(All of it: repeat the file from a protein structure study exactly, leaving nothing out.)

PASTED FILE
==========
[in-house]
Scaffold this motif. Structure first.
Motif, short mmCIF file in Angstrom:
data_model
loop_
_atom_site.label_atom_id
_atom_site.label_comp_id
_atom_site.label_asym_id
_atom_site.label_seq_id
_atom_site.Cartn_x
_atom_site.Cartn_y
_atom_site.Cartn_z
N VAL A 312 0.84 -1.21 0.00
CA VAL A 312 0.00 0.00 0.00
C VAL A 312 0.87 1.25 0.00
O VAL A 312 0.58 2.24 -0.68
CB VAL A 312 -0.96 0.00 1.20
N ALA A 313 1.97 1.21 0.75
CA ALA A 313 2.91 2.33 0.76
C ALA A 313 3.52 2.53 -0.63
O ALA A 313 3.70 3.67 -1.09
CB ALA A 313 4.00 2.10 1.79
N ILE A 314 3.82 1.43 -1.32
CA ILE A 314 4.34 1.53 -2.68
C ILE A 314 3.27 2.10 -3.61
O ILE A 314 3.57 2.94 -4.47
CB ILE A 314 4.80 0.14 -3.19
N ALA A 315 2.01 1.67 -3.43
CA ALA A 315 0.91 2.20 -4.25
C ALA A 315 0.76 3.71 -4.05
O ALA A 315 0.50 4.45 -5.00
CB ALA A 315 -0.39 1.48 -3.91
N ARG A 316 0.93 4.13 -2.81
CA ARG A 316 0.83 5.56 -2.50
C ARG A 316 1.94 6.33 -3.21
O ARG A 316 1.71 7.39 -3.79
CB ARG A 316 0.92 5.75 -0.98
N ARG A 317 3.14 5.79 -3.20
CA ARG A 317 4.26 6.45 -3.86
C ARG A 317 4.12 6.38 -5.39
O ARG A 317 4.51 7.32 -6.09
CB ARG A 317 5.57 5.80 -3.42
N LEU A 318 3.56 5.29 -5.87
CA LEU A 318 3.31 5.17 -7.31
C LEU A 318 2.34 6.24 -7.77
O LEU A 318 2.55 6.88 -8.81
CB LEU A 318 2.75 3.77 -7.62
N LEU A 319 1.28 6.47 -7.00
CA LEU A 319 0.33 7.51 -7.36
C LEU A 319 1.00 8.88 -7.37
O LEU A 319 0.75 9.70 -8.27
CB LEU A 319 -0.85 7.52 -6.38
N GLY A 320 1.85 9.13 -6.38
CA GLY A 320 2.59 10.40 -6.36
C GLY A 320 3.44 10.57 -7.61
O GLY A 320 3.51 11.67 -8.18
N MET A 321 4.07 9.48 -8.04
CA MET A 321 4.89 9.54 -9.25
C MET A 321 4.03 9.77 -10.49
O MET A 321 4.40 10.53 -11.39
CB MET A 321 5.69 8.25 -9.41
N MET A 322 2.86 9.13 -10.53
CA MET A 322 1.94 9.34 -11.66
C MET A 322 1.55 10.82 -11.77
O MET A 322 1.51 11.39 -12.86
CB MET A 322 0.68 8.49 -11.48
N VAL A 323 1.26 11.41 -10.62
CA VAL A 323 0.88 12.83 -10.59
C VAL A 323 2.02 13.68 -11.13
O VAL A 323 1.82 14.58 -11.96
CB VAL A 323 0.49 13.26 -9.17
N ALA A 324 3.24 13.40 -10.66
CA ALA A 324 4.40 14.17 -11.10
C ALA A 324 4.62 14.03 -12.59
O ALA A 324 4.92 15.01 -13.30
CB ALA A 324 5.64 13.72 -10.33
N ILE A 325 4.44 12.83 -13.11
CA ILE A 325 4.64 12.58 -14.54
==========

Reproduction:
[in-house]
Scaffold this motif. Structure first.
Motif, short mmCIF file in Angstrom:
data_model
loop_
_atom_site.label_atom_id
_atom_site.label_comp_id
_atom_site.label_asym_id
_atom_site.label_seq_id
_atom_site.Cartn_x
_atom_site.Cartn_y
_atom_site.Cartn_z
N VAL A 312 0.84 -1.21 0.00
CA VAL A 312 0.00 0.00 0.00
C VAL A 312 0.87 1.25 0.00
O VAL A 312 0.58 2.24 -0.68
CB VAL A 312 -0.96 0.00 1.20
N ALA A 313 1.97 1.21 0.75
CA ALA A 313 2.91 2.33 0.76
C ALA A 313 3.52 2.53 -0.63
O ALA A 313 3.70 3.67 -1.09
CB ALA A 313 4.00 2.10 1.79
N ILE A 314 3.82 1.43 -1.32
CA ILE A 314 4.34 1.53 -2.68
C ILE A 314 3.27 2.10 -3.61
O ILE A 314 3.57 2.94 -4.47
CB ILE A 314 4.80 0.14 -3.19
N ALA A 315 2.01 1.67 -3.43
CA ALA A 315 0.91 2.20 -4.25
C ALA A 315 0.76 3.71 -4.05
O ALA A 315 0.50 4.45 -5.00
CB ALA A 315 -0.39 1.48 -3.91
N ARG A 316 0.93 4.13 -2.81
CA ARG A 316 0.83 5.56 -2.50
C ARG A 316 1.94 6.33 -3.21
O ARG A 316 1.71 7.39 -3.79
CB ARG A 316 0.92 5.75 -0.98
N ARG A 317 3.14 5.79 -3.20
CA ARG A 317 4.26 6.45 -3.86
C ARG A 317 4.12 6.38 -5.39
O ARG A 317 4.51 7.32 -6.09
CB ARG A 317 5.57 5.80 -3.42
N LEU A 318 3.56 5.29 -5.87
CA LEU A 318 3.31 5.17 -7.31
C LEU A 318 2.34 6.24 -7.77
O LEU A 318 2.55 6.88 -8.81
CB LEU A 318 2.75 3.77 -7.62
N LEU A 319 1.28 6.47 -7.00
CA LEU A 319 0.33 7.51 -7.36
C LEU A 319 1.00 8.88 -7.37
O LEU A 319 0.75 9.70 -8.27
CB LEU A 319 -0.85 7.52 -6.38
N GLY A 320 1.85 9.13 -6.38
CA GLY A 320 2.59 10.40 -6.36
C GLY A 320 3.44 10.57 -7.61
O GLY A 320 3.51 11.67 -8.18
N MET A 321 4.07 9.48 -8.04
CA MET A 321 4.89 9.54 -9.25
C MET A 321 4.03 9.77 -10.49
O MET A 321 4.40 10.53 -11.39
CB MET A 321 5.69 8.25 -9.41
N MET A 322 2.86 9.13 -10.53
CA MET A 322 1.94 9.34 -11.66
C MET A 322 1.55 10.82 -11.77
O MET A 322 1.51 11.39 -12.86
CB MET A 322 0.68 8.49 -11.48
N VAL A 323 1.26 11.41 -10.62
CA VAL A 323 0.88 12.83 -10.59
C VAL A 323 2.02 13.68 -11.13
O VAL A 323 1.82 14.58 -11.96
CB VAL A 323 0.49 13.26 -9.17
N ALA A 324 3.24 13.40 -10.66
CA ALA A 324 4.40 14.17 -11.10
C ALA A 324 4.62 14.03 -12.59
O ALA A 324 4.92 15.01 -13.30
CB ALA A 324 5.64 13.72 -10.33
N ILE A 325 4.44 12.83 -13.11
CA ILE A 325 4.64 12.58 -14.54